Labs21 developed a web-based tool like Portfolio Manager to collect, analyze and display benchmarking data. A user ID and password is required to input and edit laboratory characteristics and energy use data. The data remains anonymous to other users of the database. Although estimated data may be provided, actual measured data is required for the purposes of creating an ENERGY STAR rating.
After the user specifies system level metrics of interest – such as whole building, ventilation, heating, cooling, lighting, and process equipment – the tool can filter the data set by lab-area ratio, laboratory-type, size, occupancy hours, and climate zone. Most hospitals participating in this benchmarking effort will probably classify their labs as “biological” because most perform work in pathology, microbiology, biochemistry, and hematology. The tool then presents the analysis in graphical and tabular format, as shown in Figure 1.
Currently the tool does not normalize for differences between labs. Normalization is typically done with either a regression-based approach or simulation model-based approach. Regression-based approaches work best when there is a large representative dataset, but none exist yet for labs. The objective of this initiative is to collect a large representative dataset so that statistical analysis can be conducted in order to create normalization factors necessary for developing a rating. An ENERGY STAR rating, if created by EPA, would show a 1 to 100 score that would indicate how well the facility was performing compared to the national building stock of laboratories and normalize for size, type, weather, or other important factors. Participating hospitals would not need to share their data directly with EPA. ENERGY STAR will obtain anonymous data from Labs21.
Efficient Labs Save Millions
Helping to create a national rating for labs will enable facility managers to effectively focus on one of the most energy intensive spaces within a hospital. Labs21 believes the saving opportunities for labs are 30% to 50%, which is a good deal higher than other commercial spaces. How much would that be in cost savings at your hospital? Nationally, the numbers look equally impressive. EPA calculates that if half of the nation's private and public research laboratories achieve energy efficiency improvements of 30 percent, then the United States could reduce annual electricity consumption by 84 trillion BTUs, equal to the electricity consumed by 2.2 million U.S. households. This improvement would save $1.2 billion in utility costs and reduce carbon dioxide emissions by 16.7 million tons.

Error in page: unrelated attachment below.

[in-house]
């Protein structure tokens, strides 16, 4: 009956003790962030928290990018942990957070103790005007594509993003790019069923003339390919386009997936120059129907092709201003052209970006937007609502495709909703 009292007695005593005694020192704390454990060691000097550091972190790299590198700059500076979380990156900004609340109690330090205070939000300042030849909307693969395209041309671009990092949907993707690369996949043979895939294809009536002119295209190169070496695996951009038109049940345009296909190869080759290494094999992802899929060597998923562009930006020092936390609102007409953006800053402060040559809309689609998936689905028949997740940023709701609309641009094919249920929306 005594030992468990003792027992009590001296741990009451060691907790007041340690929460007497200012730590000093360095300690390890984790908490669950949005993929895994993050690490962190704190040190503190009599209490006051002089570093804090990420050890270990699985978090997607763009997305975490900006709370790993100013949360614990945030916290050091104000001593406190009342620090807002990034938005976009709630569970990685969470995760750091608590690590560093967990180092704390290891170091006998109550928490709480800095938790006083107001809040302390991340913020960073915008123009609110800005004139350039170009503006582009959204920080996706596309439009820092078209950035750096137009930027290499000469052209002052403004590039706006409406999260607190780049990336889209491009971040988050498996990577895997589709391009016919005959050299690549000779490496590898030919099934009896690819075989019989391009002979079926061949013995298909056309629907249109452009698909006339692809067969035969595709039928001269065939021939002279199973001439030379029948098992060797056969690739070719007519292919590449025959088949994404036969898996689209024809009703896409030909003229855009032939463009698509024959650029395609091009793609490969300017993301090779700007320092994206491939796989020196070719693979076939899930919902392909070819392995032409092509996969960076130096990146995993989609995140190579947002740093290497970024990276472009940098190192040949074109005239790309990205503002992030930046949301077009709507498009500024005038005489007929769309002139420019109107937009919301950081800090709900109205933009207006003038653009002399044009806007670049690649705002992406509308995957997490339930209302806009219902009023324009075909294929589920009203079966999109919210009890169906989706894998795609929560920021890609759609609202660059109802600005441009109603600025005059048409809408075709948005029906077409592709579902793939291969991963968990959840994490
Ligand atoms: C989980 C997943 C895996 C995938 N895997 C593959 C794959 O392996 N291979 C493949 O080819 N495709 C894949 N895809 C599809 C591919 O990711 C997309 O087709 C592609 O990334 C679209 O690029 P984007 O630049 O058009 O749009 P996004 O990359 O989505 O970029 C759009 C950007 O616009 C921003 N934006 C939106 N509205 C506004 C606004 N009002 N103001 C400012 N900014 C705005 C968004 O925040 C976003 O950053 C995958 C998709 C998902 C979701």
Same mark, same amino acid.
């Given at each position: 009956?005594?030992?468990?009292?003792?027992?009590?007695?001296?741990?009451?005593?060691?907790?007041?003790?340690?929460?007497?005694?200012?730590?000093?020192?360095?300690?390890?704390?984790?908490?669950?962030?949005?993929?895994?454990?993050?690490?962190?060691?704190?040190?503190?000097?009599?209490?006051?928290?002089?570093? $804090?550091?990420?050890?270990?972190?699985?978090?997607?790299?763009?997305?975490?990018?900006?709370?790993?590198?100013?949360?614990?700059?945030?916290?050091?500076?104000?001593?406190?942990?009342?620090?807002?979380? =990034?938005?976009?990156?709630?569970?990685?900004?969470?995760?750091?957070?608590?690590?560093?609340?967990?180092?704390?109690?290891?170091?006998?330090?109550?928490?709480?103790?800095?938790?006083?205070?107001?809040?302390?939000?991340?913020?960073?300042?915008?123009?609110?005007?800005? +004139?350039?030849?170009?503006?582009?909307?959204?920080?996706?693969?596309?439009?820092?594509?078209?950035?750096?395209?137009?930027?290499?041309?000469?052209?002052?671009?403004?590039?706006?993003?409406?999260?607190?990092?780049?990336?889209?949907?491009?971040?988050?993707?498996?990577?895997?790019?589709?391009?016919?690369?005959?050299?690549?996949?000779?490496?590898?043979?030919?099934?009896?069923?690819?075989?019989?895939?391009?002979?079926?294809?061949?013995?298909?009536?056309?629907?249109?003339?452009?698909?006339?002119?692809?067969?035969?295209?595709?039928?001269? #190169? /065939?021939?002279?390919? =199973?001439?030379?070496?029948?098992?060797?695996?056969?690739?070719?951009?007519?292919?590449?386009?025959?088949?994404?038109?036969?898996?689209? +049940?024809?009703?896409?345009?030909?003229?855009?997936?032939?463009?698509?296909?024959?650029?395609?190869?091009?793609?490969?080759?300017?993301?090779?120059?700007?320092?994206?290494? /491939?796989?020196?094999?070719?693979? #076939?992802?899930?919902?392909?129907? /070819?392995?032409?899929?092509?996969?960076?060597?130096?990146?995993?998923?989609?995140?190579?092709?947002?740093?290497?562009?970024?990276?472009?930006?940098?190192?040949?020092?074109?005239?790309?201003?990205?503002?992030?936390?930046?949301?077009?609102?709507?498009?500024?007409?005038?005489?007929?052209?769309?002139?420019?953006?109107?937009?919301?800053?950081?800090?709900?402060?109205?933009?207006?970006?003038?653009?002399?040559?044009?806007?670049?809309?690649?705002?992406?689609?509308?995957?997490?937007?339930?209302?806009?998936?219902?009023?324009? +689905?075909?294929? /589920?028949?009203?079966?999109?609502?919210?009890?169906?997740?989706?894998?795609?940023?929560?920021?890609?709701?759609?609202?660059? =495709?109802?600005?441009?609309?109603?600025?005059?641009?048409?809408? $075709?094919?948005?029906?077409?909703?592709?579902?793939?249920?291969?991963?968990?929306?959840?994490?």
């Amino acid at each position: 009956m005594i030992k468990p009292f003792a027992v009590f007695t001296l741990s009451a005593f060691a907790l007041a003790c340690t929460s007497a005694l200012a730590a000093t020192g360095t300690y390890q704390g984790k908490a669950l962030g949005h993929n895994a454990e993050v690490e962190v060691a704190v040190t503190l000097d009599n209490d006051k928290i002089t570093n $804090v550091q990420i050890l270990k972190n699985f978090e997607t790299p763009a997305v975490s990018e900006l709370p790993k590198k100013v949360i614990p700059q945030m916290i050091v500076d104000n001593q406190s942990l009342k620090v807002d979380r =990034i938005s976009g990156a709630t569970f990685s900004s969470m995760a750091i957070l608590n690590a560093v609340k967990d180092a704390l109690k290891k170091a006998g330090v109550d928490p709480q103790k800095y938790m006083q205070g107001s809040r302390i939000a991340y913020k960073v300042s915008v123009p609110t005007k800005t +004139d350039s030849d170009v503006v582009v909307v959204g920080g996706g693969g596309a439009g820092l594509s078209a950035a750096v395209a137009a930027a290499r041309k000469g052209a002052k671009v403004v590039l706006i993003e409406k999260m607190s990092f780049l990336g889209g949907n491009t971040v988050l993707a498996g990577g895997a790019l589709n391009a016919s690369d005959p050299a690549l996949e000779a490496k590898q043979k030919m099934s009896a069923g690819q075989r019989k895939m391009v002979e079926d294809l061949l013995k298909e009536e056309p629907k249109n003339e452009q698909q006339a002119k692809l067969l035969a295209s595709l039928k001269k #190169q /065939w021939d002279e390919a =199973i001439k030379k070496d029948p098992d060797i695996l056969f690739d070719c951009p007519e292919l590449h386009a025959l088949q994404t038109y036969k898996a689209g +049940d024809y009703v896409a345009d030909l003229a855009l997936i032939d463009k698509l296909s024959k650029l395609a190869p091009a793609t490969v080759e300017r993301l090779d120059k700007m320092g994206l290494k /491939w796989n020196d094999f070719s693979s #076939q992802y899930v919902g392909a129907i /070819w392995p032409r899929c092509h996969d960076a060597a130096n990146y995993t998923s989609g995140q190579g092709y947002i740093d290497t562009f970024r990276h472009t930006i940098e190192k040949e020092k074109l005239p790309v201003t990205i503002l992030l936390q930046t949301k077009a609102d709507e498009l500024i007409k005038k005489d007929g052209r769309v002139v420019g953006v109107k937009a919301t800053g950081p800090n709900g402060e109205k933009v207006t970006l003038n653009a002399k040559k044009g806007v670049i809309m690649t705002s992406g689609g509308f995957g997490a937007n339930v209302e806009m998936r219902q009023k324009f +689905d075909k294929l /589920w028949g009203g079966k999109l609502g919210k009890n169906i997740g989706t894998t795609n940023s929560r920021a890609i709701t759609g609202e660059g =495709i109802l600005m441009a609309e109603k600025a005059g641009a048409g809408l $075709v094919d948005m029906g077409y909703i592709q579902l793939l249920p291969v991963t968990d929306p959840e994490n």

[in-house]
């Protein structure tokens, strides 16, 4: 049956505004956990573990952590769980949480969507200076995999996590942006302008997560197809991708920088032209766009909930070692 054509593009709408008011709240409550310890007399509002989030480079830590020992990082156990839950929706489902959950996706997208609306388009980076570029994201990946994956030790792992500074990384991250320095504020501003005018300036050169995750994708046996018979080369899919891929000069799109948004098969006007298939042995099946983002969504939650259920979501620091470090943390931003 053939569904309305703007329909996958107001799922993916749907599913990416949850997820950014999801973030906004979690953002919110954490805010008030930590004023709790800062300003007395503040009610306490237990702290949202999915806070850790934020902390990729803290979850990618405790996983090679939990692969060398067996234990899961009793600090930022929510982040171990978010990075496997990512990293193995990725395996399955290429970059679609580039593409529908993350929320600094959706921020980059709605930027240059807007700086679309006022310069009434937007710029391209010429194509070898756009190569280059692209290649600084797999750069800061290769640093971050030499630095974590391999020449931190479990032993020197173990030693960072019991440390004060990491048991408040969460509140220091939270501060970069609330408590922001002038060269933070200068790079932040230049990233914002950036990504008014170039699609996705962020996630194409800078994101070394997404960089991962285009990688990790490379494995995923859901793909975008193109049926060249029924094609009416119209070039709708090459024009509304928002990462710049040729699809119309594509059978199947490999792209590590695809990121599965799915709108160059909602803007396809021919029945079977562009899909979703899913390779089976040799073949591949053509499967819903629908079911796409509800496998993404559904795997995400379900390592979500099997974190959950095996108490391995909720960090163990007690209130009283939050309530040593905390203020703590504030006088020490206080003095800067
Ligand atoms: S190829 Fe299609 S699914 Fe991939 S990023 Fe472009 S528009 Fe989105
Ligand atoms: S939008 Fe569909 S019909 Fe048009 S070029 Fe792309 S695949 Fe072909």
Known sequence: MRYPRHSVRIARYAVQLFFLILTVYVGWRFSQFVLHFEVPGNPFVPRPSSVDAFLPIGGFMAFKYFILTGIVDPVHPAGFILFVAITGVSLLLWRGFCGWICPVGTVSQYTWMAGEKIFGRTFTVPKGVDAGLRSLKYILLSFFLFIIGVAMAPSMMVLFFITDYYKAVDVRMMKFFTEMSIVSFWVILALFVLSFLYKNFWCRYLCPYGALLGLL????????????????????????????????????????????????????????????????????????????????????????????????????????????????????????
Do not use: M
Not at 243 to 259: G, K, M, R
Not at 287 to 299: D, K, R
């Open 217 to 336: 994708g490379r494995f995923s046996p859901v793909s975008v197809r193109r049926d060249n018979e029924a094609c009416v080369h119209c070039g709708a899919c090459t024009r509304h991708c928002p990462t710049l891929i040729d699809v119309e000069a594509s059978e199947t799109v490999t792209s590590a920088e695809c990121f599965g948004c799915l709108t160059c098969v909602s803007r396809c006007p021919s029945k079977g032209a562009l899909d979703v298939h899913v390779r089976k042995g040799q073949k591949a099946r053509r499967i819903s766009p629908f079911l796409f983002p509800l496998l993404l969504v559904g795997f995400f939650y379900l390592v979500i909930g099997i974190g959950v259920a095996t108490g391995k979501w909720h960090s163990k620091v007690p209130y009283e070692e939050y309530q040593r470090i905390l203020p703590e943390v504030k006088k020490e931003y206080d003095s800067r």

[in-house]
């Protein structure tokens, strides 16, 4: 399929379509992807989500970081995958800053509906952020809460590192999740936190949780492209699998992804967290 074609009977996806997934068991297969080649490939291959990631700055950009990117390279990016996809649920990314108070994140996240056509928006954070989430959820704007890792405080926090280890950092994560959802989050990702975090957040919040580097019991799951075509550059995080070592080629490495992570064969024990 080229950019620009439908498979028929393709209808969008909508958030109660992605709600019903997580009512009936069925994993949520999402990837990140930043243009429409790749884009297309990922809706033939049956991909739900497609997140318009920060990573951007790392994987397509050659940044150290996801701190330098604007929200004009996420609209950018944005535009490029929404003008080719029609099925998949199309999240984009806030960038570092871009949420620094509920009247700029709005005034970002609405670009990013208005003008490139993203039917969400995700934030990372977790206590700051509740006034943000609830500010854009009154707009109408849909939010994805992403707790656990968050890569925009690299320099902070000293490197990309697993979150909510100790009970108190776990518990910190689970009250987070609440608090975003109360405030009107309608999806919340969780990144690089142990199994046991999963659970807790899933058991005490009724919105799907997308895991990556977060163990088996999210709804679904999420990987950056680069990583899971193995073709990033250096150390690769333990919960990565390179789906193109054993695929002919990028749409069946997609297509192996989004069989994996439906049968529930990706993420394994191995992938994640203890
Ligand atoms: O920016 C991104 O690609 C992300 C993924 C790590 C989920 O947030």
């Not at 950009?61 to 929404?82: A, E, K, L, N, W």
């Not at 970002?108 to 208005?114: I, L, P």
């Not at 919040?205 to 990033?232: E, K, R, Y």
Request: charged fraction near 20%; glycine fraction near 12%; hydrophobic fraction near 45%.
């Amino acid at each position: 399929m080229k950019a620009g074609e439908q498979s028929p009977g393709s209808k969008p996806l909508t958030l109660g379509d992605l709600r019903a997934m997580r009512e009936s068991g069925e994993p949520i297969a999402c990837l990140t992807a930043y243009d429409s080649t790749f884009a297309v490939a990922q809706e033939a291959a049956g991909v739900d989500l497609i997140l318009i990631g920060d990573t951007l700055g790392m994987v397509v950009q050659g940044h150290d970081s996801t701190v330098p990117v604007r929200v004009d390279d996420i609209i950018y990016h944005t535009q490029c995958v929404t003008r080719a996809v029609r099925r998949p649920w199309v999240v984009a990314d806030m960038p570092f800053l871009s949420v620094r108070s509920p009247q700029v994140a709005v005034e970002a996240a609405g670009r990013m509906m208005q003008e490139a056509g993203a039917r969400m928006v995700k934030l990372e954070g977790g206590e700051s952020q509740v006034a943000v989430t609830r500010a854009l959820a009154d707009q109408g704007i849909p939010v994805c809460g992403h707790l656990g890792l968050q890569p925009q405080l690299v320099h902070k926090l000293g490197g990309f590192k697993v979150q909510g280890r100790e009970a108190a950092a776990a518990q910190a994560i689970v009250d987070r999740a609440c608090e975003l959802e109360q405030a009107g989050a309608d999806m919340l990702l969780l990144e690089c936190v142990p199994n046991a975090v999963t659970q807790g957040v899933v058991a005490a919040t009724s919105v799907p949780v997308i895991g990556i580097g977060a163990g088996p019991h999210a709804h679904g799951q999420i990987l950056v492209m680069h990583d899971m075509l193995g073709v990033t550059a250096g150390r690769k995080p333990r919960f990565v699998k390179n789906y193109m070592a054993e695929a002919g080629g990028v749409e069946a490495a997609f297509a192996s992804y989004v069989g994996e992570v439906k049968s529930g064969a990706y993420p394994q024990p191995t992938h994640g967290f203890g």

EPA will be holding free webinars to provide updates on the laboratory initiative and trainings on how to use the Labs21 tool beginning in October. For more information, contact Walt Tunnessen at Tunnessen.firstname.lastname@example.org.
Clark Reed is the Director of the Healthcare Facilities Division for ENERGY STAR at the U.S. EPA. In 2007, ENERGY STAR helped Americans save enough energy to avoid greenhouse gas emissions equivalent to that of 27 million cars -- all while saving consumers $16 billion. To join, visit ENERGY STAR’s website or contact the author at the U.S. Environmental Protection Agency - MC 6202J, 1200 Pennsylvania Ave NW, Washington, D.C. 20460. Email: email@example.com Phone: 202-343-9146.
Figure 1. Labs21 Data Output Screen